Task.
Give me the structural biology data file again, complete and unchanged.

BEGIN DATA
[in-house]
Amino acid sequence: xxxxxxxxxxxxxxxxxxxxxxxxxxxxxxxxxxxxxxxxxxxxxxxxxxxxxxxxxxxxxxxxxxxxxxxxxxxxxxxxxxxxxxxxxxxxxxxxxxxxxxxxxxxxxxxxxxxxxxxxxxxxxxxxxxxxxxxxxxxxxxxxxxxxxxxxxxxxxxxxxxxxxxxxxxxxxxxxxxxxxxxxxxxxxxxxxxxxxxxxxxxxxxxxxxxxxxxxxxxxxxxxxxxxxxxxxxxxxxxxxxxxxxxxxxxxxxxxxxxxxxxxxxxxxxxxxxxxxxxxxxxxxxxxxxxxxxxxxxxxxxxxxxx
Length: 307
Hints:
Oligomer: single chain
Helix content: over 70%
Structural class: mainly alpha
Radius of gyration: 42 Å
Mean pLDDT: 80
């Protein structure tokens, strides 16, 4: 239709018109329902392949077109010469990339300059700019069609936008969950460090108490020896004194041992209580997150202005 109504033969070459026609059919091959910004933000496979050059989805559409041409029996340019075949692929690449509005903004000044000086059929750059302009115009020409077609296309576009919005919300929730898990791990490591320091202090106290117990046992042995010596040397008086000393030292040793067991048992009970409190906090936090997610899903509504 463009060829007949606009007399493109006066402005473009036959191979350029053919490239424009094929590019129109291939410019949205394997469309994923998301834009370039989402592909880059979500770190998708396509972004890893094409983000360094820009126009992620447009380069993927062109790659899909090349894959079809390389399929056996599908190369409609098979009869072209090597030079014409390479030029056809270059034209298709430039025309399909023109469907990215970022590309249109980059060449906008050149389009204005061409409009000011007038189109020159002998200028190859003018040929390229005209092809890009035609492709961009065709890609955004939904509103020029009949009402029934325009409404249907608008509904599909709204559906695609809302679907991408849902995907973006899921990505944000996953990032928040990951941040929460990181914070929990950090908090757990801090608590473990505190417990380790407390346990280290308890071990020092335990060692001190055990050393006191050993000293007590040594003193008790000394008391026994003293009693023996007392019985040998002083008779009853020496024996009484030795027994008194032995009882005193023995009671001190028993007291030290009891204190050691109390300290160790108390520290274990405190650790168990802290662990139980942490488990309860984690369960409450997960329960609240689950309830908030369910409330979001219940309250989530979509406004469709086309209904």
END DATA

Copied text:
[in-house]
Amino acid sequence: xxxxxxxxxxxxxxxxxxxxxxxxxxxxxxxxxxxxxxxxxxxxxxxxxxxxxxxxxxxxxxxxxxxxxxxxxxxxxxxxxxxxxxxxxxxxxxxxxxxxxxxxxxxxxxxxxxxxxxxxxxxxxxxxxxxxxxxxxxxxxxxxxxxxxxxxxxxxxxxxxxxxxxxxxxxxxxxxxxxxxxxxxxxxxxxxxxxxxxxxxxxxxxxxxxxxxxxxxxxxxxxxxxxxxxxxxxxxxxxxxxxxxxxxxxxxxxxxxxxxxxxxxxxxxxxxxxxxxxxxxxxxxxxxxxxxxxxxxxxxxxxxxxx
Length: 307
Hints:
Oligomer: single chain
Helix content: over 70%
Structural class: mainly alpha
Radius of gyration: 42 Å
Mean pLDDT: 80
């Protein structure tokens, strides 16, 4: 239709018109329902392949077109010469990339300059700019069609936008969950460090108490020896004194041992209580997150202005 109504033969070459026609059919091959910004933000496979050059989805559409041409029996340019075949692929690449509005903004000044000086059929750059302009115009020409077609296309576009919005919300929730898990791990490591320091202090106290117990046992042995010596040397008086000393030292040793067991048992009970409190906090936090997610899903509504 463009060829007949606009007399493109006066402005473009036959191979350029053919490239424009094929590019129109291939410019949205394997469309994923998301834009370039989402592909880059979500770190998708396509972004890893094409983000360094820009126009992620447009380069993927062109790659899909090349894959079809390389399929056996599908190369409609098979009869072209090597030079014409390479030029056809270059034209298709430039025309399909023109469907990215970022590309249109980059060449906008050149389009204005061409409009000011007038189109020159002998200028190859003018040929390229005209092809890009035609492709961009065709890609955004939904509103020029009949009402029934325009409404249907608008509904599909709204559906695609809302679907991408849902995907973006899921990505944000996953990032928040990951941040929460990181914070929990950090908090757990801090608590473990505190417990380790407390346990280290308890071990020092335990060692001190055990050393006191050993000293007590040594003193008790000394008391026994003293009693023996007392019985040998002083008779009853020496024996009484030795027994008194032995009882005193023995009671001190028993007291030290009891204190050691109390300290160790108390520290274990405190650790168990802290662990139980942490488990309860984690369960409450997960329960609240689950309830908030369910409330979001219940309250989530979509406004469709086309209904």